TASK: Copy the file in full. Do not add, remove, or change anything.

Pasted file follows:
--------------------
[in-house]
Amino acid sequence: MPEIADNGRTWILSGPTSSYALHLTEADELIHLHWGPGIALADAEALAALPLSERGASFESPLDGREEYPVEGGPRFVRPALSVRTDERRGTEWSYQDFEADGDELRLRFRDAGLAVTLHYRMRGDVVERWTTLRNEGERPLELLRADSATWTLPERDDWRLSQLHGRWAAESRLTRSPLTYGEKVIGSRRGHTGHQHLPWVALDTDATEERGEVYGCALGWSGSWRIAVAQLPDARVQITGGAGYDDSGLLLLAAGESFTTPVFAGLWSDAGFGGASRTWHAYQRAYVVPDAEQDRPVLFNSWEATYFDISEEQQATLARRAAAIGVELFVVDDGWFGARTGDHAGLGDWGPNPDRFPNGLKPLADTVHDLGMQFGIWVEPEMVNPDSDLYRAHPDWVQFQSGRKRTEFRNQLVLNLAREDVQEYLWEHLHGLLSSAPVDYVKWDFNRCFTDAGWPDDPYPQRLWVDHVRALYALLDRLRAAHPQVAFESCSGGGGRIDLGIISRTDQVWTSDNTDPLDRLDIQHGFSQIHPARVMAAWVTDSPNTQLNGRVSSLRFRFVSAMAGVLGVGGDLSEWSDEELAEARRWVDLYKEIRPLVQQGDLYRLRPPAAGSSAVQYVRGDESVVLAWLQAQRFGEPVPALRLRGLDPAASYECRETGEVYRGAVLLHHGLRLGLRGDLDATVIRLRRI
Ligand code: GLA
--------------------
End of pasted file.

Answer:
[in-house]
Amino acid sequence: MPEIADNGRTWILSGPTSSYALHLTEADELIHLHWGPGIALADAEALAALPLSERGASFESPLDGREEYPVEGGPRFVRPALSVRTDERRGTEWSYQDFEADGDELRLRFRDAGLAVTLHYRMRGDVVERWTTLRNEGERPLELLRADSATWTLPERDDWRLSQLHGRWAAESRLTRSPLTYGEKVIGSRRGHTGHQHLPWVALDTDATEERGEVYGCALGWSGSWRIAVAQLPDARVQITGGAGYDDSGLLLLAAGESFTTPVFAGLWSDAGFGGASRTWHAYQRAYVVPDAEQDRPVLFNSWEATYFDISEEQQATLARRAAAIGVELFVVDDGWFGARTGDHAGLGDWGPNPDRFPNGLKPLADTVHDLGMQFGIWVEPEMVNPDSDLYRAHPDWVQFQSGRKRTEFRNQLVLNLAREDVQEYLWEHLHGLLSSAPVDYVKWDFNRCFTDAGWPDDPYPQRLWVDHVRALYALLDRLRAAHPQVAFESCSGGGGRIDLGIISRTDQVWTSDNTDPLDRLDIQHGFSQIHPARVMAAWVTDSPNTQLNGRVSSLRFRFVSAMAGVLGVGGDLSEWSDEELAEARRWVDLYKEIRPLVQQGDLYRLRPPAAGSSAVQYVRGDESVVLAWLQAQRFGEPVPALRLRGLDPAASYECRETGEVYRGAVLLHHGLRLGLRGDLDATVIRLRRI
Ligand code: GLA